Rights and Responsibilities
It is now appreciated that treatment of the person with diabetes goes beyond the use of pharmaceutics to achieve optimal glycaemic control. In addition to optimal medical treatment it is important that patients are equipped with the knowledge and skills to cope with the condition. Education is a fundamental and ongoing feature of patient empowerment which enables the patient to master diabetes (to the extent that the individual experience of the condition permits) allowing participation in society on an equal platform to those without diabetes.
Rights and Responsibilities
Being accepted, without prejudice, as a full and equal member of society is associated not only with rights but with the duties and responsibilities which are taken on with the accordance of those rights.
The International Diabetes Federation IDF has recognised the societal complexities facing people with diabetes and in April 2011 launched an International Charter of Rights and Responsibilities of People with Diabetes.
The vision of this Charter is to:
- optimise health and quality of life
- enable as normal a life as possible
- reduce/eliminate the barriers which deny realisation of full potential as members of society.
The Charter supports people with diabetes in their battles against the stigma, the many prejudices and even discrimination, which many of them face each day and in a variety of circumstances. In addition to its larger global, institutional and social implications the Charter provides a focus for the individual.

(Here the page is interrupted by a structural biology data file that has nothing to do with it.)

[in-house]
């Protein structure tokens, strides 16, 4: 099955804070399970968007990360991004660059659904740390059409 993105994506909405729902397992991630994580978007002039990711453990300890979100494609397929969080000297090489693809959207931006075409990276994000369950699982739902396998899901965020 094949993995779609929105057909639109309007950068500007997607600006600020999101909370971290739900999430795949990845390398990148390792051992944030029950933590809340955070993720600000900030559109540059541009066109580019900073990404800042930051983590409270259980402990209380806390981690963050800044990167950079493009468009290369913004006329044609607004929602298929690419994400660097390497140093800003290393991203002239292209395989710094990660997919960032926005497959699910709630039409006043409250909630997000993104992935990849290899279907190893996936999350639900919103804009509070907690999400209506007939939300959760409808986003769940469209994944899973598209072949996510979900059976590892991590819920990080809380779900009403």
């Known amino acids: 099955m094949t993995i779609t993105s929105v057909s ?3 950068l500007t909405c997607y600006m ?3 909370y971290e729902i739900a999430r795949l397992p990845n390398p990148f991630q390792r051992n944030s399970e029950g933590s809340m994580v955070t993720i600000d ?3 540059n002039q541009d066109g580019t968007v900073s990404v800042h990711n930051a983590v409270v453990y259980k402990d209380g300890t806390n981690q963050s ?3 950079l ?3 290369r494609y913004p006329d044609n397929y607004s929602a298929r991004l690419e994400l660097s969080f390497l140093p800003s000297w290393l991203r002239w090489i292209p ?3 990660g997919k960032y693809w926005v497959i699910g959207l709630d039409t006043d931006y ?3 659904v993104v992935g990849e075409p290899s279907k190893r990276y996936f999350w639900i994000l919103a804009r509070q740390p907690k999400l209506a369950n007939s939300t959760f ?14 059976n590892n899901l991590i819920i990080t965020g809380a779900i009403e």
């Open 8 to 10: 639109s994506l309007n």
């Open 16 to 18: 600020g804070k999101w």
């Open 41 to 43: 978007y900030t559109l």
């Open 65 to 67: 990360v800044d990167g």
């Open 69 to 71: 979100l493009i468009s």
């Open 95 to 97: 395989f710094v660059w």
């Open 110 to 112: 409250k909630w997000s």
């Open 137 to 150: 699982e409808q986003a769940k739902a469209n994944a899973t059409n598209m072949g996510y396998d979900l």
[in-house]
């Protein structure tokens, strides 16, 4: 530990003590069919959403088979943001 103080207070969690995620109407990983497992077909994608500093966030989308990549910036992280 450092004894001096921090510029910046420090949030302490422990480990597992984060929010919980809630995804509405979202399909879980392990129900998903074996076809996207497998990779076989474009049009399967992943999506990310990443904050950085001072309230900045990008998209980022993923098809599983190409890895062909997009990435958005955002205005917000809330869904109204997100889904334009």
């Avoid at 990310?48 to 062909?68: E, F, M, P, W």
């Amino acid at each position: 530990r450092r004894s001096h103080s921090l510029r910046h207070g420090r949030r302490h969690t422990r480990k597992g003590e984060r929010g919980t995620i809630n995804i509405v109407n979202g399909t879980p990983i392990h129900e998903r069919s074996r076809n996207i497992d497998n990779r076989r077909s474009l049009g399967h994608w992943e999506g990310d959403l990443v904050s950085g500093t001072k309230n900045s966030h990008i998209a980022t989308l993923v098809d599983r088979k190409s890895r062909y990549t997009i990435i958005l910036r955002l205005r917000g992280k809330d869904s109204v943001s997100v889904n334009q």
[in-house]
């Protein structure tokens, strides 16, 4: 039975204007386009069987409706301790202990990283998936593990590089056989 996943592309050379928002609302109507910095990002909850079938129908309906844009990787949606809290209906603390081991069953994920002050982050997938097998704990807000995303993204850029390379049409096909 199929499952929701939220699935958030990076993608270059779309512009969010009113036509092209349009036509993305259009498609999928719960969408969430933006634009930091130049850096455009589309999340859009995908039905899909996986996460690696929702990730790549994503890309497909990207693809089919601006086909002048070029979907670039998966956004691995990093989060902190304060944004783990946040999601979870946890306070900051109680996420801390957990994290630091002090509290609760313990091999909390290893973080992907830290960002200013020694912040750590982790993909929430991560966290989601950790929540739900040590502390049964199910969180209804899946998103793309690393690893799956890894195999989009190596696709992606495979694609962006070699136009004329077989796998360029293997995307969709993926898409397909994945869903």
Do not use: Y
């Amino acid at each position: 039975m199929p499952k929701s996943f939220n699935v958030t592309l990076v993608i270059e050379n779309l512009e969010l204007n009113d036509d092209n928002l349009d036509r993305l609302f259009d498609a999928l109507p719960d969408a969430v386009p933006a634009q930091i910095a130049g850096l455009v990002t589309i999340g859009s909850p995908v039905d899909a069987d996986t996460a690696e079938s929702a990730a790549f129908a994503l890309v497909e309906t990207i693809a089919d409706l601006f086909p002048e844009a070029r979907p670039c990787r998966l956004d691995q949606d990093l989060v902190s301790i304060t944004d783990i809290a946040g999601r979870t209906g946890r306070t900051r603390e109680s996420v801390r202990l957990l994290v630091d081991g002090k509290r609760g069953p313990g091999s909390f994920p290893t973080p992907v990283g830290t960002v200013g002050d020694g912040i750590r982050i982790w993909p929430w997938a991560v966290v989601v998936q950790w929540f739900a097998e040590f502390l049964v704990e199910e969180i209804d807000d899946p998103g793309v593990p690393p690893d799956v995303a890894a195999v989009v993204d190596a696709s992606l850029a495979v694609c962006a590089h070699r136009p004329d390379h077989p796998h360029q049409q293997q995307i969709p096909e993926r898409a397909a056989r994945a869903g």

It is noteworthy that this Charter promotes patient empowerment via concordance. It calls upon healthcare professionals to provide adequate information and education to the patient whilst stating that the patient should be honest with healthcare professionals regarding their health/lifestyle status and compliance with current care/treatment strategies. By supporting the patient to be a partner in the planning of care - with open dialogue between patient and healthcare professional - the patient is being equipped to manage that care to provide optimal individual outcomes.
So, the Charter supports the fundamental right of people with diabetes to live a full life with fair opportunities to learn and work, but it recognises also that people with diabetes have responsibilities. However it is imperative that this Charter is translated into action.
International Diabetes Federation. Link to the International Charter of Rights and Responsibilities of People with Diabetes: http://www.idf.org/webdata/docs/advocacy-kit/Charter-of-rights.pdf ( accessed April 2011)
Dr. Wim Wientjens is IDF Special Ambassador for the Rights and Responsibilities of People with Diabetes. He has a PhD in biochemistry and has been living with diabetes since 1951. www.wimwientjens.com